25 November 2021
Despite many people living longer and healthier lives than their parents, and grandparents, and more older workers in the workforce than ever before, age discrimination remains an issue for many working in the UK. Finding and keeping a job remains a problem for the 50s and over despite legislation being in place to tackle this. The benefits of an age diverse workforce cannot be overstated, yet many employers, consciously or unconsciously, are failing to take advantage of this.
Prior to the pandemic, an emerging trend of more older workers was developing well. However, that was brought abruptly to an end with the introduction of furlough, with the over 50s making up a disproportionate amount of the numbers furloughed or made redundant. Research by the Institute for Fiscal Studies suggests that only one third of workers 50 and over who lost their jobs during the pandemic were able to find new employment within 6 months.
It would seem that this group have limited faith in their ability to find employment, too. Legal and General Retail Retirement and the Centre for Economics and Business conducted research with over 50s jobseekers. A staggering 52% of them believed they were less likely to receive offers of employment. They also reported that there is a perception amongst employers that those in this category are unlikely to stay long term, overqualified, more expensive and will lack the skills of the younger generations.
Whilst protection under the Equality Act is in place, the realities of the situation have been exposed by the statistics from furlough and job losses during the pandemic. Alone amongst the protected characteristics identified in the act, age discrimination is the only one that comes with the ability to objectively justify direct discrimination. That means, as long as they can justify it on an objective basis, employers can make decisions that have a discriminatory effect on older workers. This inherent bias built into the legislation can give a green light to policies that negatively impact older workers and waters down the impact of the legislation in place.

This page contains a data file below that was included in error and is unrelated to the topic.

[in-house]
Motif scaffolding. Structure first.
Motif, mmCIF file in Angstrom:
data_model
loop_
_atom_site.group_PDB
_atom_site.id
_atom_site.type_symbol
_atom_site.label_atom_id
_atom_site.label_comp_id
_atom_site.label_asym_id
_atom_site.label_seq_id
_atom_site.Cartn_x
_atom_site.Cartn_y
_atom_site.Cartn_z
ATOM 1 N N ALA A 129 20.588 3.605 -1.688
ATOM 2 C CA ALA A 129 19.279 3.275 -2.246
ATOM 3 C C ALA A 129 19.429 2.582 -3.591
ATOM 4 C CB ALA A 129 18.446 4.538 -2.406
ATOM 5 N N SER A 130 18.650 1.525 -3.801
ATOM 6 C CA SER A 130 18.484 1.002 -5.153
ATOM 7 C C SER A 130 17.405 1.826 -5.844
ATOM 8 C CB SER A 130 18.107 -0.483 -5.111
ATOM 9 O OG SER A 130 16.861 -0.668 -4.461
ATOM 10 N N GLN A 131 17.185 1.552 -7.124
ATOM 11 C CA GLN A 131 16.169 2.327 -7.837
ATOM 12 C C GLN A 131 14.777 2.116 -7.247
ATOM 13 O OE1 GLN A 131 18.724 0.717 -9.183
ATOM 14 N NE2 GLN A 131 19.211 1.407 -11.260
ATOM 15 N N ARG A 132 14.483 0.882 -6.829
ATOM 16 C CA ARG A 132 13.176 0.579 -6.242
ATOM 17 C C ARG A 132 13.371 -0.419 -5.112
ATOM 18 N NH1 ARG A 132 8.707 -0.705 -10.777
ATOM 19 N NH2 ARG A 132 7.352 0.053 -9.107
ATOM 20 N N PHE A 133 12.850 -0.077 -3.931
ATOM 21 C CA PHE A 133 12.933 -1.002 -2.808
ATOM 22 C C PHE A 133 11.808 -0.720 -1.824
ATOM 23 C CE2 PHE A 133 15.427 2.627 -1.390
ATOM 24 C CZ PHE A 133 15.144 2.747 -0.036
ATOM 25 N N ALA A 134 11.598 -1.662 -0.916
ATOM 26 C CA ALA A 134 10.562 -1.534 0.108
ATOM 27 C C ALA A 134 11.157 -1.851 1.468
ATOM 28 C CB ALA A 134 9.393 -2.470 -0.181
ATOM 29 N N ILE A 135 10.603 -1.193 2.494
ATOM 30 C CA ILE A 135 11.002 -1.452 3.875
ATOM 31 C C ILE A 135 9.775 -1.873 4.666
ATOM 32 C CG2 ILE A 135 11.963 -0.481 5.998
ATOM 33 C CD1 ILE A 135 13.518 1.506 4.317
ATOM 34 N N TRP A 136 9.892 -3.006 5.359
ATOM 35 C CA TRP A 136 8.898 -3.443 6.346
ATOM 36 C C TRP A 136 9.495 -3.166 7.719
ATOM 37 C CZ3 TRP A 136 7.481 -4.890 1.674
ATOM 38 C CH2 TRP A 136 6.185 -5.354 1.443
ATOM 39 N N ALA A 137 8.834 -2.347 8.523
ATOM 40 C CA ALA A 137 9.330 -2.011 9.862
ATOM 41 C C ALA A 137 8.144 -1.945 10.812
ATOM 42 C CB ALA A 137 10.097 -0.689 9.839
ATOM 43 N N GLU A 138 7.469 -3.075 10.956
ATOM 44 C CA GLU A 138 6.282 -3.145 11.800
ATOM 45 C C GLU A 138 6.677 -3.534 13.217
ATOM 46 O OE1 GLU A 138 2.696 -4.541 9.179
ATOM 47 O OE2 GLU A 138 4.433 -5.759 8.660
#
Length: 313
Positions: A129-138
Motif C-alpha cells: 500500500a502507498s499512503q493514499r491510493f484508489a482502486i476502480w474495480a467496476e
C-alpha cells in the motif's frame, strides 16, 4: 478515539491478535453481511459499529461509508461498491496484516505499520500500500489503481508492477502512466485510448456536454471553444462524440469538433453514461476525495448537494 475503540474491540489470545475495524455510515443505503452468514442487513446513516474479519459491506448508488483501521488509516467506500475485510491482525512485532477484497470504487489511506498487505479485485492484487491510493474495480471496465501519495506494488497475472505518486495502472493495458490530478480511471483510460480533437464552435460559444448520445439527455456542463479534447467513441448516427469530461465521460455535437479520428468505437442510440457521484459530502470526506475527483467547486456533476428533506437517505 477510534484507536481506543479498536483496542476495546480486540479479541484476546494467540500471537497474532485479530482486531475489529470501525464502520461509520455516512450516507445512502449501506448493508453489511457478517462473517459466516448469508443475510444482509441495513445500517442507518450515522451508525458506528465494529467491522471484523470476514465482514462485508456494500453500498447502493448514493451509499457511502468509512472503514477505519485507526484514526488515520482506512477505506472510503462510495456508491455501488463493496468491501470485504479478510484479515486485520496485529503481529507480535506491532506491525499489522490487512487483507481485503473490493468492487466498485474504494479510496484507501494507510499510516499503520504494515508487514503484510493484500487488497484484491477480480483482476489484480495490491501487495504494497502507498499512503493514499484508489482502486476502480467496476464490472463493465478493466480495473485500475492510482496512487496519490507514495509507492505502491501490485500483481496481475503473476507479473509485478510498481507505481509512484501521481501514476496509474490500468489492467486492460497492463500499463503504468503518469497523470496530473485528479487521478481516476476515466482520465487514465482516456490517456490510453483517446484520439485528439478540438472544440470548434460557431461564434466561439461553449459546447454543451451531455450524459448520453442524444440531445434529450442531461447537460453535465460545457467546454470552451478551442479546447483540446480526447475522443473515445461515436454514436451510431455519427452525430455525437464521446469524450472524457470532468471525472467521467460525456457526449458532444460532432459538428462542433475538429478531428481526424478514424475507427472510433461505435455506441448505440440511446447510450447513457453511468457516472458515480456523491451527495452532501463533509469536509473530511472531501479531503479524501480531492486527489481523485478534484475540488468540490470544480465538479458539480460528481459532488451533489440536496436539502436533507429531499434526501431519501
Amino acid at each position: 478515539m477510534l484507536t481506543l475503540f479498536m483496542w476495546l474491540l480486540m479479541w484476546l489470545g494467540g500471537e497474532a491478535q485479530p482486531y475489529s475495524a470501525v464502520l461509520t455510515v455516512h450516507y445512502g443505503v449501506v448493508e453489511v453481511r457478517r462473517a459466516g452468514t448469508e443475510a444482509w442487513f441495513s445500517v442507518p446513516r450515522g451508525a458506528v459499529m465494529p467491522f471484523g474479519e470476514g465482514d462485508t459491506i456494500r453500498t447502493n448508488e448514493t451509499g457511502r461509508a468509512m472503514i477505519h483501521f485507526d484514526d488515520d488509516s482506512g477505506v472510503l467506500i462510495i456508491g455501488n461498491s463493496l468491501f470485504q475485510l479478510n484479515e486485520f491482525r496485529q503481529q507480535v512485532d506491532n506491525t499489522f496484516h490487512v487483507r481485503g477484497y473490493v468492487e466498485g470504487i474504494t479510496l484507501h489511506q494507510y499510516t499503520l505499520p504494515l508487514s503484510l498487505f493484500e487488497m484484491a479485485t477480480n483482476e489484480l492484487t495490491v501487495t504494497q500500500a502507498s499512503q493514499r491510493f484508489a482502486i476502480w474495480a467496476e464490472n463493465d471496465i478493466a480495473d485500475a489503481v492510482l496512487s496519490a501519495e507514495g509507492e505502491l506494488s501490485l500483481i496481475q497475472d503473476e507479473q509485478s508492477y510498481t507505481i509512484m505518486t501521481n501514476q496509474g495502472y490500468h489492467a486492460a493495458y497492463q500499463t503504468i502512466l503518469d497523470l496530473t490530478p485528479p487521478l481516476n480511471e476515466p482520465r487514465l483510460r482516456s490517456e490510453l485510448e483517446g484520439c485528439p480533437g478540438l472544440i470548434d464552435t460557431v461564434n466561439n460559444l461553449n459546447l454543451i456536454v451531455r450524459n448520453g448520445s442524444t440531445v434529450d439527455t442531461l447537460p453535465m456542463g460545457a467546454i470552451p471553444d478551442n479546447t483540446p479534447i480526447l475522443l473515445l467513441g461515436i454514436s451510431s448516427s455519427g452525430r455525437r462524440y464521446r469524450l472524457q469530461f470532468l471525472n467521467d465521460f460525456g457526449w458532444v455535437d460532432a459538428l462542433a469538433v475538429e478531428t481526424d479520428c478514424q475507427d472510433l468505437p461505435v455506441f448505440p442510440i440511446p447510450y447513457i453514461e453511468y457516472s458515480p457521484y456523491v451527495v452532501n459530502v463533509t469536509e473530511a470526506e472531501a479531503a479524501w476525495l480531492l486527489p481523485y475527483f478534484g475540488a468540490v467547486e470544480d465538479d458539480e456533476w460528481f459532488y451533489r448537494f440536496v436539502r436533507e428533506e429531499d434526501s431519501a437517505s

A recent example of this was Pitcher v University of Oxford. For the majority of employers, retirement is not possible. We no longer have the ‘duty to consider’ requests to keep working, it is the default position. However in this case, a compulsory retirement age of 68 was allowed, on the basis that it met the legitimate aim of succession planning, in a proportionate way (as many of those who had retired said they would not have done so).
Whilst the legislation may not be as supportive for older workers as for other protected characteristics, employers are still encouraged to consider the benefits of employing older people, and adopting a culture of inclusivity and diversity that embraces workers of all ages.